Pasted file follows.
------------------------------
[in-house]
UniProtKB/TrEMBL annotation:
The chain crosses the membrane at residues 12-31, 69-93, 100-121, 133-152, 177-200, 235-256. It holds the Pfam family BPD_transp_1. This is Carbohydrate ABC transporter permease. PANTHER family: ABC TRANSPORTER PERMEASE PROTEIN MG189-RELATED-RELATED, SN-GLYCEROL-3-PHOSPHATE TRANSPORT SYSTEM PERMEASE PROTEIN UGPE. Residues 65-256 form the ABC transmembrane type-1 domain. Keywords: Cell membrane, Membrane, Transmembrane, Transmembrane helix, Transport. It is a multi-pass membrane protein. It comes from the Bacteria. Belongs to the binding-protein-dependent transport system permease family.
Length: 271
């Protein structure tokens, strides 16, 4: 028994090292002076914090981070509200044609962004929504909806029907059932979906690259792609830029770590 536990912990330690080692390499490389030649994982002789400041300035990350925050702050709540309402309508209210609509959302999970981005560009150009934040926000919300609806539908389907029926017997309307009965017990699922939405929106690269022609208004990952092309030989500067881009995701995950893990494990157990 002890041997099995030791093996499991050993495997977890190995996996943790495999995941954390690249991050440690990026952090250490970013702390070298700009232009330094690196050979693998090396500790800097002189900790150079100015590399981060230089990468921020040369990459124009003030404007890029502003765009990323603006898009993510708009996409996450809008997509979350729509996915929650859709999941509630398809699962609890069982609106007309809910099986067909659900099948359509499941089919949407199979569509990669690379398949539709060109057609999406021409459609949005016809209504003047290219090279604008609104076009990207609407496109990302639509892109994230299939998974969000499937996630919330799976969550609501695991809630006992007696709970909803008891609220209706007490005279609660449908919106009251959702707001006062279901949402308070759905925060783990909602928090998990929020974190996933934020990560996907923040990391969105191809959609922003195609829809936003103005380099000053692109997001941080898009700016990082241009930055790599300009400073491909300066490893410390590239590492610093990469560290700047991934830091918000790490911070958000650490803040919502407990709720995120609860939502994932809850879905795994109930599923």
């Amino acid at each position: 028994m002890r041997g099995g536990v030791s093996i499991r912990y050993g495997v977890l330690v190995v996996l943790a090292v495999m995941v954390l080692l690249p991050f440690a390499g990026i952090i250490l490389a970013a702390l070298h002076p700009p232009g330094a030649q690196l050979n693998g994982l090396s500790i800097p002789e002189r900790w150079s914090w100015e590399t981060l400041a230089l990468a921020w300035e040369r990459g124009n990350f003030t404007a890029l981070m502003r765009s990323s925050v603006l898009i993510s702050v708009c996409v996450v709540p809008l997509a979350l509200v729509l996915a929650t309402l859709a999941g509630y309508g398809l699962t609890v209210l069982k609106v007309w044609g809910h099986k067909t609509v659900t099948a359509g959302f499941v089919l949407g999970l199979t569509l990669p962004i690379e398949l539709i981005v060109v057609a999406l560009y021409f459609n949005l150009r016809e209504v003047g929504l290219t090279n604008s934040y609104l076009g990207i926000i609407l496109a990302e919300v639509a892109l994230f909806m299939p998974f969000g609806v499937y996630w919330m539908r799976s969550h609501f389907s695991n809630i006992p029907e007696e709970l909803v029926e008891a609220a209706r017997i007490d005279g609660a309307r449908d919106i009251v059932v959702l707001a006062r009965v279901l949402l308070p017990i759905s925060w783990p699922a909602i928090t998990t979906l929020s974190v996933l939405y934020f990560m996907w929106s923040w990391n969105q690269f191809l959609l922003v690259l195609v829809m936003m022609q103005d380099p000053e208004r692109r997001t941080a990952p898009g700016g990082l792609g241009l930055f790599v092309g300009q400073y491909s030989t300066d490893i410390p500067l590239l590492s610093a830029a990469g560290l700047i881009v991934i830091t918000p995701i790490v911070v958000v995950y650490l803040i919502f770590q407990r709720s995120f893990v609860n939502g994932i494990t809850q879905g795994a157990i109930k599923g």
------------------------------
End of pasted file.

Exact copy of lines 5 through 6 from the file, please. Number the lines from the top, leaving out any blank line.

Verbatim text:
């Protein structure tokens, strides 16, 4: 028994090292002076914090981070509200044609962004929504909806029907059932979906690259792609830029770590 536990912990330690080692390499490389030649994982002789400041300035990350925050702050709540309402309508209210609509959302999970981005560009150009934040926000919300609806539908389907029926017997309307009965017990699922939405929106690269022609208004990952092309030989500067881009995701995950893990494990157990 002890041997099995030791093996499991050993495997977890190995996996943790495999995941954390690249991050440690990026952090250490970013702390070298700009232009330094690196050979693998090396500790800097002189900790150079100015590399981060230089990468921020040369990459124009003030404007890029502003765009990323603006898009993510708009996409996450809008997509979350729509996915929650859709999941509630398809699962609890069982609106007309809910099986067909659900099948359509499941089919949407199979569509990669690379398949539709060109057609999406021409459609949005016809209504003047290219090279604008609104076009990207609407496109990302639509892109994230299939998974969000499937996630919330799976969550609501695991809630006992007696709970909803008891609220209706007490005279609660449908919106009251959702707001006062279901949402308070759905925060783990909602928090998990929020974190996933934020990560996907923040990391969105191809959609922003195609829809936003103005380099000053692109997001941080898009700016990082241009930055790599300009400073491909300066490893410390590239590492610093990469560290700047991934830091918000790490911070958000650490803040919502407990709720995120609860939502994932809850879905795994109930599923």
């Amino acid at each position: 028994m002890r041997g099995g536990v030791s093996i499991r912990y050993g495997v977890l330690v190995v996996l943790a090292v495999m995941v954390l080692l690249p991050f440690a390499g990026i952090i250490l490389a970013a702390l070298h002076p700009p232009g330094a030649q690196l050979n693998g994982l090396s500790i800097p002789e002189r900790w150079s914090w100015e590399t981060l400041a230089l990468a921020w300035e040369r990459g124009n990350f003030t404007a890029l981070m502003r765009s990323s925050v603006l898009i993510s702050v708009c996409v996450v709540p809008l997509a979350l509200v729509l996915a929650t309402l859709a999941g509630y309508g398809l699962t609890v209210l069982k609106v007309w044609g809910h099986k067909t609509v659900t099948a359509g959302f499941v089919l949407g999970l199979t569509l990669p962004i690379e398949l539709i981005v060109v057609a999406l560009y021409f459609n949005l150009r016809e209504v003047g929504l290219t090279n604008s934040y609104l076009g990207i926000i609407l496109a990302e919300v639509a892109l994230f909806m299939p998974f969000g609806v499937y996630w919330m539908r799976s969550h609501f389907s695991n809630i006992p029907e007696e709970l909803v029926e008891a609220a209706r017997i007490d005279g609660a309307r449908d919106i009251v059932v959702l707001a006062r009965v279901l949402l308070p017990i759905s925060w783990p699922a909602i928090t998990t979906l929020s974190v996933l939405y934020f990560m996907w929106s923040w990391n969105q690269f191809l959609l922003v690259l195609v829809m936003m022609q103005d380099p000053e208004r692109r997001t941080a990952p898009g700016g990082l792609g241009l930055f790599v092309g300009q400073y491909s030989t300066d490893i410390p500067l590239l590492s610093a830029a990469g560290l700047i881009v991934i830091t918000p995701i790490v911070v958000v995950y650490l803040i919502f770590q407990r709720s995120f893990v609860n939502g994932i494990t809850q879905g795994a157990i109930k599923g």